City Guide: Beijing

Getting There

Beijing is the capital of China. It’s a pretty easy city to get to, most major airlines fly straight in and out of Beijing. From Australia, you’ll most likely have to connect from Hong Kong, Guangzhou or Shanghai, but it’s not a hassle to change (unless you’ve got the $$ to take one of the direct Qantas flights, which I definitely do not!).

There are two major airports; Beijing Capital International Airport (PEK) and Beijing Nanyuan Airport (NAY). I’ve only flown in and out of PEK as I’m usually coming from overseas, or catching a train from elsewhere in China. The International Airport is very nice and modern. Most importantly, it has a train line that connects in to the Metro system.

Beijing also has several major train stations if you’re coming from other parts of the country. You have the usual options of sleeper trains, high speed trains or slow trains. For more, see my post on train travel in China.

Transport

Beijing has a great metro system. I would recommend downloading one of the apps before you go. Personally, I use the Metro Beijing Subway app (links are at the bottom of this post). The major tourist sites are largely near metro stops, including Tiananmen Square, the Summer Palace and Wangfujing (main shopping strip).

Taxis are really unnecessary, but they are there if you need. Beijing also has Uber and Didi but really, the subway is much cheaper and more efficient .

If you are going to be staying in Beijing for more than a couple of days I would suggest getting a metro card. It saves you having to buy tickets every time you jump on and off trains, and it’s really easy to top up at the kiosks, which have English translations.

Another option for the bravehearted is hiring a bike. The reason I don’t suggest this to newbies is that Chinese traffic is really something else, especially in the big cities. Unless you understand how the traffic works, you’re a complete liability to yourself and everyone else trying to get around.

Accommodation

Beijing has some great accommodation options. I am a budget traveller so I tend to stick to hostels, but you can find all of the major chains and smaller operators in Beijing. The only hotel I’ve experienced was the Novotel which was great, it’s close to the main tourist sites and wasn’t too expensive.

Hostel Recommendation
Happy Dragon – Saga Youth Hostel: I loved this hostel. Sadly, it looks like it’s been turned into a 3-star hotel now! However, the same owners of Saga also run the Happy Dragon Backpackers Hostel. Saga had a great bar, friendly atmosphere and the staff were super helpful. We had no complaints about this one so based off that, I would recommend the Happy Dragon Backpackers.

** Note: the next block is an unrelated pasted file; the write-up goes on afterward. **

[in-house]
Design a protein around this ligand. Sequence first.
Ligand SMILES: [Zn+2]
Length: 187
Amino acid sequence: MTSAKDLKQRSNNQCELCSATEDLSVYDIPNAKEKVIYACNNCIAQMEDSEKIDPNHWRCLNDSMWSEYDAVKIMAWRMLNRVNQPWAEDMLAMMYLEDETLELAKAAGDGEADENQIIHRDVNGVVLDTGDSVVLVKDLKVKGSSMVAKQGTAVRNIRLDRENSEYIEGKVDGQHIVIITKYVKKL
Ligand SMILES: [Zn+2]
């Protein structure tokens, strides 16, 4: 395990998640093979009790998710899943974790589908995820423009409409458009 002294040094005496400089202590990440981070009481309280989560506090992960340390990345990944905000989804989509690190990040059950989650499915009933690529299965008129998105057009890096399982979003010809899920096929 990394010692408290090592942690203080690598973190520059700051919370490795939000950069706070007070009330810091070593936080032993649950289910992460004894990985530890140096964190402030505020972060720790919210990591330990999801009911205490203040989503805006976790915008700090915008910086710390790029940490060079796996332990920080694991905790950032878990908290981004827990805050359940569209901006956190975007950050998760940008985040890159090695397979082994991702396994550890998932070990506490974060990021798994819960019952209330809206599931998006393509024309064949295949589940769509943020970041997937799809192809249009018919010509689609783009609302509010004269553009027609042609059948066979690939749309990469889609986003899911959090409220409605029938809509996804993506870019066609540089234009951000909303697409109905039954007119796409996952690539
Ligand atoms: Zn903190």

Pros:
– Good atmosphere
– Helpful staff
– Great tours to the Great Wall and other important spots
– One of the only hostels where we made friends with other international travellers
Cons:
– The showers weren’t great… but you’re not travelling in China for great showers!

Things to Do

This is the hardest to write out of any part of this post. Beijing has SO MUCH to see and do, particularly if it’s your first exposure to China.

The Big Guns

These are the things that everyone thinks of when they think of Beijing.

  • The Great Wall of China: there are three sections of the wall that you can visit. I have been to the Mutian Yu section of the wall, which is the second-most popular. It’s easy to book a tour when you arrive at your accommodation, I wouldn’t bother pre-booking this unless you have very limited time in Beijing.
  • Tiananmen Square: Tiananmen Square is very easy to get to. The subway stop is literally called Tiananmen. It’s free, and it’s a very large concrete square. The most interesting parts of Tiananmen are the buildings around it – the Forbidden City, Mao’s Mausoleum and the National Museum of China.
  • The Forbidden City: you MUST BOOK TICKETS to get in to the Forbidden City. I have been to Beijing three times and never actually made it in. Find a travel agent online who can do it for you if you really want to see it.
  • Summer Palace: the Summer Palace is a beautiful palace on the edge of the city. It’s an easy subway ride and there’s no need to book tickets to see it, just buy them on arrival. You can appreciate the beauty without an audio tour, but these are available for a small fee if you want to know more about the history of the palace.

My Other Suggestions

  • Wangfujing: Wangfujing is a pedestrian shopping street. There’s great (safe!) food, lots of shops and it makes a really nice break from ancient sites.
  • 798 Art District: this is the most unexpected thing I saw in Beijing. It is a little bit out of the main city, but easy enough to get to on the subway. Set aside a full half a day for this as you’ll wander through hutongs loaded with eateries, craft breweries and adorable handmade crafts shops.
  • Food Tour: I recommend this in every Asian city because I genuinely believe it’s the best way to sample all the local offerings. I personally tend to use Urban Adventures for these, as the guides are amazing and I’ve never had an issue with them. We did the Beijing Foodie Walk (before it was a Lonely Planet recommendation!) and it was incredible.

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